Frequently Asked Questions

How does admission to the Honors College in the Junior or Sophomore years work?

Students can join the Schreyer Honors College (SHC) as beginning sophomores or juniors (third or fifth semester in residence) if they apply through the Honors College “Gateway” admissions process and are approved by the honors advisor. The SHC requires a minimum GPA of 3.7. GPA alone does not guarantee admission into the honors program. Students must be committed to academic goals commensurate with the honors program, and have a confirmed interest in conducting research to meet the thesis requirement. Excellent writing skills are required as well in order to produce a quality thesis. The honors advisor may sometimes ask beginning sophomores to wait a year before applying through the Gateway admissions process again if they have not completed enough challenging coursework, or demonstrated strong writing skills.

What are the benefits of the Honors Program?

As an honors scholar, you are offered a number of privileges not available to other students.  These include priority registration, library privileges, access to the honors study lounge, and an Honors Medal at graduation.

Honors Scholars can register for their classes ten days before the start of regular undergraduate registration. This means Honors Scholars have a better chance of getting the classes and sections they want.

You are also extended library privileges not available to regular undergraduate students.  As an Honors Scholar, you have library privileges identical to those of graduate students and faculty. You can withdraw up to 200 books for a loan period of a full semester, use the study carrels in the central Pattee stack area, and you are offered the use of interlibrary loans. You also have access to the Scholars Lounge in Atherton Hall. In addition to being available for study, relaxation, and general socializing, the lounge has information about seminars, announcements, and many other items.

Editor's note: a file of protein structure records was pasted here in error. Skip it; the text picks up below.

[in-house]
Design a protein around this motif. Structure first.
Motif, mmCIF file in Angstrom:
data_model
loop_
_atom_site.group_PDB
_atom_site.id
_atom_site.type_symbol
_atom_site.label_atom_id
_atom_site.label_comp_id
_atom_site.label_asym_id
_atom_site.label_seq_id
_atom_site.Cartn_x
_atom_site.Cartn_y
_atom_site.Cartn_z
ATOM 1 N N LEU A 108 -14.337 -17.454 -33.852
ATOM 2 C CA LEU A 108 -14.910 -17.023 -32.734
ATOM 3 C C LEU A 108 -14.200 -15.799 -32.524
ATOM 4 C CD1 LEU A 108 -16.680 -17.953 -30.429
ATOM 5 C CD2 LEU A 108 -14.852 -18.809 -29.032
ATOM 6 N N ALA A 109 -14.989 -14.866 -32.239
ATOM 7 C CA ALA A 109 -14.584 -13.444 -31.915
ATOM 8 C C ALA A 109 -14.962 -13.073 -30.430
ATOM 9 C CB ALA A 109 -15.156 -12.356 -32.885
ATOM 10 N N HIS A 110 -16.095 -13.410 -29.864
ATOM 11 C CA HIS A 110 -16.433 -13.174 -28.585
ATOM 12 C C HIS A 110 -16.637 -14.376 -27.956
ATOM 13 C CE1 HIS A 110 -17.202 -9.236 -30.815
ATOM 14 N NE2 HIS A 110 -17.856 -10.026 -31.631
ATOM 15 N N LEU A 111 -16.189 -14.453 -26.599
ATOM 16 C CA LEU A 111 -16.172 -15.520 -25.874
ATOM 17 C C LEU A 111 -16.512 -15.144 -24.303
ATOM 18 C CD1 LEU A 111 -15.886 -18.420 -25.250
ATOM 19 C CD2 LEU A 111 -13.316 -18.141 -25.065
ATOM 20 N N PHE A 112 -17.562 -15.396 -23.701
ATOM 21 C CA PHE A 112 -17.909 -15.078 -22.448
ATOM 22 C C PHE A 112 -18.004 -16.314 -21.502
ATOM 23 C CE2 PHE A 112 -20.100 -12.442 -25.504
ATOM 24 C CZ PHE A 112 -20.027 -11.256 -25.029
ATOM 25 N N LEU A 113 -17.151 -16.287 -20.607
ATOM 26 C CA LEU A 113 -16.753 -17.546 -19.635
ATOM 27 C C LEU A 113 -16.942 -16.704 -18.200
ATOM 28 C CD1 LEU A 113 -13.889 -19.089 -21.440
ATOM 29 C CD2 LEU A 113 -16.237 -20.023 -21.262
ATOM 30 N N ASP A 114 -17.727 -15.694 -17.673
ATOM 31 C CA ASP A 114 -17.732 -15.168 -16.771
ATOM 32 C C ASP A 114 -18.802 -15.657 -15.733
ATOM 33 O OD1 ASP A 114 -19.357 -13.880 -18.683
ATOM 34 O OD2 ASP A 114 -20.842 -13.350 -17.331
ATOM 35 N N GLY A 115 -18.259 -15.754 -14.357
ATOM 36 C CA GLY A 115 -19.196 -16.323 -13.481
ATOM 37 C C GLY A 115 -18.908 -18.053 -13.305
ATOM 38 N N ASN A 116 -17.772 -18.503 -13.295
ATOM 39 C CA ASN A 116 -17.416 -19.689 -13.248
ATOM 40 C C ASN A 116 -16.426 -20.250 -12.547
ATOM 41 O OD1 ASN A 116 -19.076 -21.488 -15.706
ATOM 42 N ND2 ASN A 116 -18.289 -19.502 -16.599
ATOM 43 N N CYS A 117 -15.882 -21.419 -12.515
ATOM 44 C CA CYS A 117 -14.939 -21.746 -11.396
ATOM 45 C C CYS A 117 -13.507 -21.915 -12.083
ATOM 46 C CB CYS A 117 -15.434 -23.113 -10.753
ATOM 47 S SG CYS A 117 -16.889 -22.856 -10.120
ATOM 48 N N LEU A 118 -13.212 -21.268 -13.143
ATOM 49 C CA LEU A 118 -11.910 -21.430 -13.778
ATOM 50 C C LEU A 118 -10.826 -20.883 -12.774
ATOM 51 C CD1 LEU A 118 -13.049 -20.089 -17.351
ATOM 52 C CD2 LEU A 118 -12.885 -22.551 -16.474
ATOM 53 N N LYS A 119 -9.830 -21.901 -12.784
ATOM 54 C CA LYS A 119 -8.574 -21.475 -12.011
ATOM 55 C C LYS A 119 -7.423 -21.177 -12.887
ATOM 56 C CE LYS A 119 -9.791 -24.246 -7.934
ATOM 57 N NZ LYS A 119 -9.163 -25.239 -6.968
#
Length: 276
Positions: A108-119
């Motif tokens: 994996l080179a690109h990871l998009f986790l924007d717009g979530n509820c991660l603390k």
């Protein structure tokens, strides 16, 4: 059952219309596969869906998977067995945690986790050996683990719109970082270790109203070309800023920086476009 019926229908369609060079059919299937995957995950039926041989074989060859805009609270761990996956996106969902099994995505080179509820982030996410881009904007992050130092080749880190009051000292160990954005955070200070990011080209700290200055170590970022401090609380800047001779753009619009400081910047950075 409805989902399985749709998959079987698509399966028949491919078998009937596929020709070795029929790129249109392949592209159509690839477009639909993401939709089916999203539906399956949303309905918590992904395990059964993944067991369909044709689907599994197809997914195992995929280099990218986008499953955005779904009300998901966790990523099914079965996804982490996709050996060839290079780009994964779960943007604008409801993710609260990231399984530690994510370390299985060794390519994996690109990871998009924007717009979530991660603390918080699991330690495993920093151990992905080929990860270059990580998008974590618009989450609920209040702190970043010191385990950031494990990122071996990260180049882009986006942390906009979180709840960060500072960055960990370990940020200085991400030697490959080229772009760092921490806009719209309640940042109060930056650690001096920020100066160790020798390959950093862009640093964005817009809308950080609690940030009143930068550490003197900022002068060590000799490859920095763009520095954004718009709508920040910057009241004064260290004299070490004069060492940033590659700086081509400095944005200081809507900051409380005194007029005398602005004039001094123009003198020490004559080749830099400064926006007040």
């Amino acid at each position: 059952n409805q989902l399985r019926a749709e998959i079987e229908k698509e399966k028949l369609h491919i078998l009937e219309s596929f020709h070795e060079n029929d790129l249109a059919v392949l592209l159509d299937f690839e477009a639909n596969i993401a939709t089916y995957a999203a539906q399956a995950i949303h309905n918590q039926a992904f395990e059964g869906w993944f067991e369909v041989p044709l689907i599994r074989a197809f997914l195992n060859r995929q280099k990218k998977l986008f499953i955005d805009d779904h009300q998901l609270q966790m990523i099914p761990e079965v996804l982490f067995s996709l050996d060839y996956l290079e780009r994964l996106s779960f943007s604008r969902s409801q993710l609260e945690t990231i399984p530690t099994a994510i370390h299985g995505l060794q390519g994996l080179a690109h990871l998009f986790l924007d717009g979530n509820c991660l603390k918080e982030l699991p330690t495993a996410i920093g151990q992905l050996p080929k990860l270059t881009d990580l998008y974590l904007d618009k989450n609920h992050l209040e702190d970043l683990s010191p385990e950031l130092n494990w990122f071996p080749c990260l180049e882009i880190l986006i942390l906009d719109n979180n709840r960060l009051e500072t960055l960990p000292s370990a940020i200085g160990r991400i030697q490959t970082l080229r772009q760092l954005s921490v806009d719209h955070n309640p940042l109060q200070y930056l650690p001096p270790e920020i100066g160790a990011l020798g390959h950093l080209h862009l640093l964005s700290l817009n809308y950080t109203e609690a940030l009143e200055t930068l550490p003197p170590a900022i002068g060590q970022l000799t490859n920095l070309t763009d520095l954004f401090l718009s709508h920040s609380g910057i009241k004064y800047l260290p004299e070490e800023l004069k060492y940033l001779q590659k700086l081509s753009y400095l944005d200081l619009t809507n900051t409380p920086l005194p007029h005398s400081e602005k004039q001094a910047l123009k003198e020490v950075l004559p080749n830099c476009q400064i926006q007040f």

Students who have completed the Honors program receive an Honors Medal at the special Medal Ceremony at the time of their graduation.  Honors Scholars also receive special recognition at the regular graduation ceremony, and their diplomas state that they graduated with Honors in Sociology or Criminology.

These and other benefits are described more fully in the Honors Handbook.

What are requirements for Honors Scholars?

Once admitted, Honors Scholars must maintain a 3.40 grade point average every semester. If you drop below that, you will be placed on warning status with the Schreyer Honors College. If you fail to maintain the required GPA over two semesters, you may be dismissed from the Schreyer Honors College. But because no additional credit hours are required for Honors Scholars, you will not suffer any penalty for having been in the Honors Program.

First- and second-year students are required to take three different honors courses for a minimum of nine credits in each of the two years. Courses can roll-over to from the first to the second year, if a student takes more than nine honors credits in the first year. Students often take even more Honors Courses in order to fill general education requirements. Honors Courses typically have a small number of students and are taught by senior faculty. These courses are listed on the Schreyer Honors College web site:http://www.shc.psu.edu/students/courses/coursesearch.cfm

Third and fourth year Honors Scholars must take a minimum of 14 credits of Honors Courses over that two-year period. Some of these credits may be earned taking additional honors courses to meet General Education requirements, as described above. In addition, upper-level courses in the students major may be taken as an Honors Option. Most third- and fourth-year Sociology honors students take Sociology Honors Option courses to fulfill these requirements.

A final requirement of all Scholars is the completion of a thesis.   Your thesis is the capstone of your experience as an Honors Scholar.  Most students take six credits of honors independent study (CRIM or SOC 496) with their thesis supervisor to do their thesis.  More about the thesis will be presented below in the discussion of the typical schedule for Sociology honor students.

How do I fulfill my requirements for honors credits?

You can fill them by taking honors courses, or by taking honors options.  Note that SOC 381H/CRIM 480H, SOC/CRIM 481H, and your thesis credits count toward your 14 total honors credits during your junior and senior years.  As a first and second year student, 400 level courses can count as honors credits.  As a junior and senior, 500 (graduate) level courses can count as honors credits.